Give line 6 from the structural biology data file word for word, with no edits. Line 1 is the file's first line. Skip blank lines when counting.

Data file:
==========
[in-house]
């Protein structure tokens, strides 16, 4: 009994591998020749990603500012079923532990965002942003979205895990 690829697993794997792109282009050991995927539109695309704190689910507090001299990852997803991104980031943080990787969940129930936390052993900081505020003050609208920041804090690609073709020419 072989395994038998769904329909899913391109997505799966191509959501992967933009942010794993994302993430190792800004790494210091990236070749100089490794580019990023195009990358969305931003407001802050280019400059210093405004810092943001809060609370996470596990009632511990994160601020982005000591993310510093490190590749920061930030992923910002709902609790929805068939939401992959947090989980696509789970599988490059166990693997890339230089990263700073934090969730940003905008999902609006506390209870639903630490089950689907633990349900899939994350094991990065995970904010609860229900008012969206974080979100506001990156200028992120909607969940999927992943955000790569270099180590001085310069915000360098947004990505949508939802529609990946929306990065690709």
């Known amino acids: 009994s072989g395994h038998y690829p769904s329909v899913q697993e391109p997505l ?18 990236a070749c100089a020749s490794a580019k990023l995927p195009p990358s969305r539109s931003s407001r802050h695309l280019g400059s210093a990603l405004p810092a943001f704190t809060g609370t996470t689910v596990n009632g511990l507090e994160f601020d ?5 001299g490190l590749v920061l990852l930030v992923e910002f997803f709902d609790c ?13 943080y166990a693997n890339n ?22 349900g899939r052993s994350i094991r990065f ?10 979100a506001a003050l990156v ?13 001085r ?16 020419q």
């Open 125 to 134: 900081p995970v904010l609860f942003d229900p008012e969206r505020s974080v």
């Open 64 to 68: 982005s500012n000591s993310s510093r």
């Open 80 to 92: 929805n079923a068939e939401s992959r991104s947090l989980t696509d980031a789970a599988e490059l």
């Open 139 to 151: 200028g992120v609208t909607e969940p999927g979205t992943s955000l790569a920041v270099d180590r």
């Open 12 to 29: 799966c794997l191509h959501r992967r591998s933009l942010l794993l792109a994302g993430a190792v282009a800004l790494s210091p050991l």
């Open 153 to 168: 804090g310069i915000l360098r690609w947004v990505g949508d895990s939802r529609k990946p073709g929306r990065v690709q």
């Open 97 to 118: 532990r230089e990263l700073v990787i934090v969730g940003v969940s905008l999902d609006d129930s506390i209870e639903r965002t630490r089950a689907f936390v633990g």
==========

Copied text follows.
């Open 80 to 92: 929805n079923a068939e939401s992959r991104s947090l989980t696509d980031a789970a599988e490059l």